Fraser Nelson

Stiglitz, Piketty - Jeremy Corbyn’s star ‘advisers’ are, like him, wrong about UK inequality

Stiglitz, Piketty - Jeremy Corbyn’s star ‘advisers’ are, like him, wrong about UK inequality
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A new leader with little credibility asks famous economists to ‘advise’ him on economic policy. It’s an old trick. News that Jeremy Corbyn is seeking the counsel of Thomas Piketty and Joe Stiglitz is not surprising – both are in the business of selling books suggesting the world is becoming more unequal than ever, and that a crisis is looming. The problem is that this ain’t so - not in Britain, at any rate.

Piketty’s central thesis was brilliantly dismantled by Chris Giles, the FT’s economics editor, who won an award for his expose. But at least Piketty published data that could be scrutinised: Stiglitz seems to make his up on the spot. Here he is on Radio 4’s Start The Week, falsely claiming that

“Inequality has gotten much worse in the United Kingdom”.

Now, there are several measures of UK inequality. Not one shows it getting any worse over the last quarter-century (see graph, above). It got worse in the 1980s, when Corbyn's world view was cemented. But I doubt he has looked at the recent data. Why let the facts get in the way of a good applause line? All this matters, because it’s a real challenge for the left. As the Independent's John Rentoul has brilliantly argued, the left needs to accept that income inequality has not been getting worse. Yes, we’ve had cuts. But inequality, or ‘child poverty’ to use its more emotive name, has been improving under David Cameron.

It's not quite as simplistic as the left seems to think. For example, David Cameron cut the tax for the best-paid - and what happened? They now shoulder a greater share of the income tax burden then at any time in UK history. Screen Shot 2015-09-27 at 19.04.45 So yes, the 1pc have never earned more - but they've never paid more tax. The redistribution system is working - and, under the tax-cutting Tories, working better than ever. This helps explain why UK income inequality metrics do not go the way that Piketty and Stiglitz think they ought to. Now, I'm not denying that inequality is an issue – I made a Ch4 documentary about the subject last year (you can view it here). But not in the way that Corbyn and Piketty seems to think. The problem with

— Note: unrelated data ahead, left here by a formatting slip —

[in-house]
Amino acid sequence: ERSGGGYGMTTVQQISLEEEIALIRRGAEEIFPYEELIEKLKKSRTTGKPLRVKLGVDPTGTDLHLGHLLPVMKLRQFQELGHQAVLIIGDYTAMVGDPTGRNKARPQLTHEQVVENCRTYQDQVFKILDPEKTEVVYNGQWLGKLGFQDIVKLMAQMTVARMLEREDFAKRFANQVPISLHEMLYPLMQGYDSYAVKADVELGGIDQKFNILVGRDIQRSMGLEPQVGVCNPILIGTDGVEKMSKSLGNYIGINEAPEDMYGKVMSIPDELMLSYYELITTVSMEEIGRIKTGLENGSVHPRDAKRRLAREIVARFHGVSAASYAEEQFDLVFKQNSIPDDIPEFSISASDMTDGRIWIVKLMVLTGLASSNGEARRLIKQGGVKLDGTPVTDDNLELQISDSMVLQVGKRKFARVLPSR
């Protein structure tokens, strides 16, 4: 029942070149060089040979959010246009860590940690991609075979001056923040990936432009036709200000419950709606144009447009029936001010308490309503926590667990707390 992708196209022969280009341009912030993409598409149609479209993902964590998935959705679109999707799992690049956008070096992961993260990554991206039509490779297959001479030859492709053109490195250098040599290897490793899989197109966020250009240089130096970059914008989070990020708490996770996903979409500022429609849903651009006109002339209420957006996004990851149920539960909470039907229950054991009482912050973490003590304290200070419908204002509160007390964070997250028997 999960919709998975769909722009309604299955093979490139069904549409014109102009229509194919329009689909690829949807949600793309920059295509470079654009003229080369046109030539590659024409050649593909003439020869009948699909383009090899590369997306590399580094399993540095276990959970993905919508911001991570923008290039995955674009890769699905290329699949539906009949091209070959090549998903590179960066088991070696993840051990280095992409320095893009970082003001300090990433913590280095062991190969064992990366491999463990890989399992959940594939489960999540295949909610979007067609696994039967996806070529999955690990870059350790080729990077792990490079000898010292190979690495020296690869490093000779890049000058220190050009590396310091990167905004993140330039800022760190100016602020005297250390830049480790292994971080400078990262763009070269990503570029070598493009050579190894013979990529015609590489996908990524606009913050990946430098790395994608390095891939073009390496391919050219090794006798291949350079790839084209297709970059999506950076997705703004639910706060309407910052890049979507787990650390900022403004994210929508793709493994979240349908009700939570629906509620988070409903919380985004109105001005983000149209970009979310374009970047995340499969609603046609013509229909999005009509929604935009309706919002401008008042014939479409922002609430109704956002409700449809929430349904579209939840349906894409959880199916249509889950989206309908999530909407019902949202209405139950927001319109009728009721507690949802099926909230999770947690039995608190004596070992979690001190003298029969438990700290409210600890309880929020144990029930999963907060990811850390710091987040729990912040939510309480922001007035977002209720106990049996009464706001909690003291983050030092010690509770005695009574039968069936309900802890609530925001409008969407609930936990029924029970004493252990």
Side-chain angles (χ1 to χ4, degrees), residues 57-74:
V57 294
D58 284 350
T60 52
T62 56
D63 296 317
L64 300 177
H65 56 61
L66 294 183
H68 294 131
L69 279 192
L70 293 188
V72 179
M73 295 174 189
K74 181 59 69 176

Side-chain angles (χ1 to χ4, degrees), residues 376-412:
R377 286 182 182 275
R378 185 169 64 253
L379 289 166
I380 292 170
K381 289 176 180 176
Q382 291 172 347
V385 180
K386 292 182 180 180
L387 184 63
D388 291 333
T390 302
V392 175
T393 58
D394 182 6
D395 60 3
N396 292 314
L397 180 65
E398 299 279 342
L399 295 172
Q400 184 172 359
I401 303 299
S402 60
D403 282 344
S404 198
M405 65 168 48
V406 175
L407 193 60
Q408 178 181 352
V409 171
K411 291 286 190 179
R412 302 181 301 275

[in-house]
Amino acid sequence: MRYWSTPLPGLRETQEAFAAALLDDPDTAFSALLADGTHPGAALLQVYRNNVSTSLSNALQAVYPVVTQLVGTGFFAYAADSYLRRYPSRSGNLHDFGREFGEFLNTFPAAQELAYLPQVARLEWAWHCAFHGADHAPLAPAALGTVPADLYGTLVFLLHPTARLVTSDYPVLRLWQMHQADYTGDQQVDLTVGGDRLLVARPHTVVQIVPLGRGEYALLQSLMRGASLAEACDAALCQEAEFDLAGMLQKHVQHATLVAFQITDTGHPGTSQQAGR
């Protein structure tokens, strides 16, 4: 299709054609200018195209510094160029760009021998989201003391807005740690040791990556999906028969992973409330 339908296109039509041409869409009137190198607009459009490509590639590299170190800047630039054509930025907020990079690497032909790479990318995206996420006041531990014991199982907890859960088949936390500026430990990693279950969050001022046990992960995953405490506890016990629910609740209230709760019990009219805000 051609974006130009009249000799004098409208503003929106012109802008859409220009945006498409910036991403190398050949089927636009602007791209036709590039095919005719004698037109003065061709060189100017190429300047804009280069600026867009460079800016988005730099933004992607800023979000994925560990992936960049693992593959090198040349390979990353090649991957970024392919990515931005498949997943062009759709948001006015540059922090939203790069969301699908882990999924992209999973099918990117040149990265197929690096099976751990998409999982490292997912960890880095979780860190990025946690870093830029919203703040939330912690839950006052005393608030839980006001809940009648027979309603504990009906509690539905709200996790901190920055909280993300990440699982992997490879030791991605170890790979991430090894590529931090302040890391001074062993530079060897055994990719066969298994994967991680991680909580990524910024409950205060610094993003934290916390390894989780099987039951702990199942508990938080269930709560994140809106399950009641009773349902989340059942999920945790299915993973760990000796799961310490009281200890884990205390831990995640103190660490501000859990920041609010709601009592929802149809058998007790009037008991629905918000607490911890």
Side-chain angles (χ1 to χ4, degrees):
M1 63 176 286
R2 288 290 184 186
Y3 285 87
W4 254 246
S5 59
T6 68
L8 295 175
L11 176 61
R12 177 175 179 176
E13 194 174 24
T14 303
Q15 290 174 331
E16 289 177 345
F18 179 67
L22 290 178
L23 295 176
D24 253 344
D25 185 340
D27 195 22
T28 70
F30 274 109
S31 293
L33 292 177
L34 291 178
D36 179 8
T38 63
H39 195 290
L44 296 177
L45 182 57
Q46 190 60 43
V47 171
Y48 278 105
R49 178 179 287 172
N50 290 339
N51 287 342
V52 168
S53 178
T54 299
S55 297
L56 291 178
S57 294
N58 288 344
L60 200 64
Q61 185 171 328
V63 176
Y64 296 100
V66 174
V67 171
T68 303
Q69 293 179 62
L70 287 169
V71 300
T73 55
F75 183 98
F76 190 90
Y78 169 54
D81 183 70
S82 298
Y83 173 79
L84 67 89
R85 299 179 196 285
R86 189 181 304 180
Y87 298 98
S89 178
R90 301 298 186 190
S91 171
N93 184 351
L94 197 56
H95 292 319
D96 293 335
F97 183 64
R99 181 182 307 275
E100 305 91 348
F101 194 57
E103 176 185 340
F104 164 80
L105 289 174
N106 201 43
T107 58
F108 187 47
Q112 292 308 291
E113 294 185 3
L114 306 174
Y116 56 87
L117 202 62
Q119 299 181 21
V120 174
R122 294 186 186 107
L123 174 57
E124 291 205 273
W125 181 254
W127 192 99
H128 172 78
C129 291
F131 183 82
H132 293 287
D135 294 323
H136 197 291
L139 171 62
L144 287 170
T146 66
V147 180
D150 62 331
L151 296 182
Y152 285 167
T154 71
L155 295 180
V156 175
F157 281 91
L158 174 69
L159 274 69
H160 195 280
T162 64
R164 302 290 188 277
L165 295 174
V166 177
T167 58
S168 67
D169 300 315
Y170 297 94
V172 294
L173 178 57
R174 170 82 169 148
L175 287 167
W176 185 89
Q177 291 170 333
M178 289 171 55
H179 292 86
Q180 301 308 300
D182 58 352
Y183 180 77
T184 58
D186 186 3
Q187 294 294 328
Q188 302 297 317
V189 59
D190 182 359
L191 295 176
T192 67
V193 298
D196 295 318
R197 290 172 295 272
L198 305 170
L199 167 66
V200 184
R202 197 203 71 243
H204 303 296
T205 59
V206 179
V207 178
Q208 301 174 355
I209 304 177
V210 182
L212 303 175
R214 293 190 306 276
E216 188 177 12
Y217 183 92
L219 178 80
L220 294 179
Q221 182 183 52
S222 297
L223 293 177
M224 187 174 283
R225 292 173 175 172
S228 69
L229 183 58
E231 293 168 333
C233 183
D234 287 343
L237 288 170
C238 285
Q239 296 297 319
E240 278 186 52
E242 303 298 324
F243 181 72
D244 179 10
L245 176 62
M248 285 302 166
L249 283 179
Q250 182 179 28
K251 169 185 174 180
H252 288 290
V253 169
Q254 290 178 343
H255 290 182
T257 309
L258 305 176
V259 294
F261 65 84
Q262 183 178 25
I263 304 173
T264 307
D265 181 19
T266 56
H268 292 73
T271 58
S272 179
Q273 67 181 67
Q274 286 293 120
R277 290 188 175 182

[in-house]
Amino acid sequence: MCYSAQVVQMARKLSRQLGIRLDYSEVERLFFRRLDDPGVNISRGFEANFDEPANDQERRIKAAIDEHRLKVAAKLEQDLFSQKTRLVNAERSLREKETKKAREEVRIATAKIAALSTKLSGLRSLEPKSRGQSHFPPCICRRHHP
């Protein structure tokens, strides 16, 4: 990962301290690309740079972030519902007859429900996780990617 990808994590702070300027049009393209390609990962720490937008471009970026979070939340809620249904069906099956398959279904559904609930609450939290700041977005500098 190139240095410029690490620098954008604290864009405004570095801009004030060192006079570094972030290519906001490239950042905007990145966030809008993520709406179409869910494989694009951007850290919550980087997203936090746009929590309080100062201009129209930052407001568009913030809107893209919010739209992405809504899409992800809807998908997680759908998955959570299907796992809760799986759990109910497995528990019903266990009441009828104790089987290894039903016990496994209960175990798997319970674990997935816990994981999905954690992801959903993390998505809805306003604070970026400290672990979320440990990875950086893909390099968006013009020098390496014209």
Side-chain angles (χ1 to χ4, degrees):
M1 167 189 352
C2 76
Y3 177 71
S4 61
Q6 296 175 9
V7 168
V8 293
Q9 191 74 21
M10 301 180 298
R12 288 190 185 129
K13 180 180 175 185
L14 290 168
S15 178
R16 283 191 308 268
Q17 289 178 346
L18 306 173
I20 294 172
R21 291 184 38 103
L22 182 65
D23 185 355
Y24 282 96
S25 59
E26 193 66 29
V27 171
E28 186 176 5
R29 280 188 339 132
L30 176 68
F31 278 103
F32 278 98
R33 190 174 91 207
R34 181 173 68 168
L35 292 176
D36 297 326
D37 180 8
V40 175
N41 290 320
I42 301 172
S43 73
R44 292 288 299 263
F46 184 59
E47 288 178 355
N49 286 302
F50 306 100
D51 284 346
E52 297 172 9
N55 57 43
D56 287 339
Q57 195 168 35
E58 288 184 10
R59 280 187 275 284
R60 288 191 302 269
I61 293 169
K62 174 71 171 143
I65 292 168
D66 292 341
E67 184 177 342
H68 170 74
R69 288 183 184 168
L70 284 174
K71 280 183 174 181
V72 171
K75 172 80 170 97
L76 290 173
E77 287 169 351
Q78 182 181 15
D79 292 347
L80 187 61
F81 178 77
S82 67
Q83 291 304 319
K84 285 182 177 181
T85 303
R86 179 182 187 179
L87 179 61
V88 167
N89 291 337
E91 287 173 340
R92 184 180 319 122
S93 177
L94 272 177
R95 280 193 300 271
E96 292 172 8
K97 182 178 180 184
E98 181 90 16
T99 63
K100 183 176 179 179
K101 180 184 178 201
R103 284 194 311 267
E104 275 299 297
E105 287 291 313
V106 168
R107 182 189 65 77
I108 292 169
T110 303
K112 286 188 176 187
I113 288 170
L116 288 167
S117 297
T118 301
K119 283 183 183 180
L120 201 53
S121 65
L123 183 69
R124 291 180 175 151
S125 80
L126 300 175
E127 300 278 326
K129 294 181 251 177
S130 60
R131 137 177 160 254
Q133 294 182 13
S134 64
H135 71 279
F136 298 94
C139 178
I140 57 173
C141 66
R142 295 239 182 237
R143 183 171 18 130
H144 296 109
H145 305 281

the new left is that they can't see beyond the financial dimension of inequality. And they even get that wrong. I've spoken about income inequality here because there isn't enough comparable data on wealth income. But CoffeeHousers may remember Victor Burgin's 1966 poster, Possession (right). It used a figure from The Economist that "7% of our population own 84% of our wealth" - a statistic so powerful it inspired the 7:84 Theatre Company. I suspect that Burgin is glad he's not making such posters today: the latest ONS figures, for 2010-12, are far less arresting. They show the wealth of the 10pc has just 44pc of the wealth. No wonder the 7:84 Theatre Company has folded: 10:44 doesn't have quite the same ring to it.

Of course, the data is almost certainly not comparable, but no one - especially not Piketty - has managed to find a set of figures that genuinely are. The below chart shows what is, in my opinion, the most pernicious form of inequality in Britain - the way that UK state schools give out the best education to the richest, and the worst to the poorest. When Labour starts to worry about this, they’ll be getting serious about solving genuine British problems. But don’t hold your breath. Screen Shot 2015-09-27 at 18.48.10 UPDATE Nassim Taleb, the 'Black Swan' writer, points out the flaws in the Gini index, which most left-wing politcians use to claim that the UK is one of the world's most unequal countries. The Gini index is, he says, simply unfit for international comparisons.

Econs don't know how to measure inequality @FraserNelson

— NassimNicholasTaleb (@nntaleb) September 27, 2015

Written byFraser Nelson

Fraser Nelson is the editor of The Spectator. He is also a columnist with The Daily Telegraph, a member of the advisory board of the Centre for Social Justice and the Centre for Policy Studies.

Topics in this articlePoliticsjeremy corbyn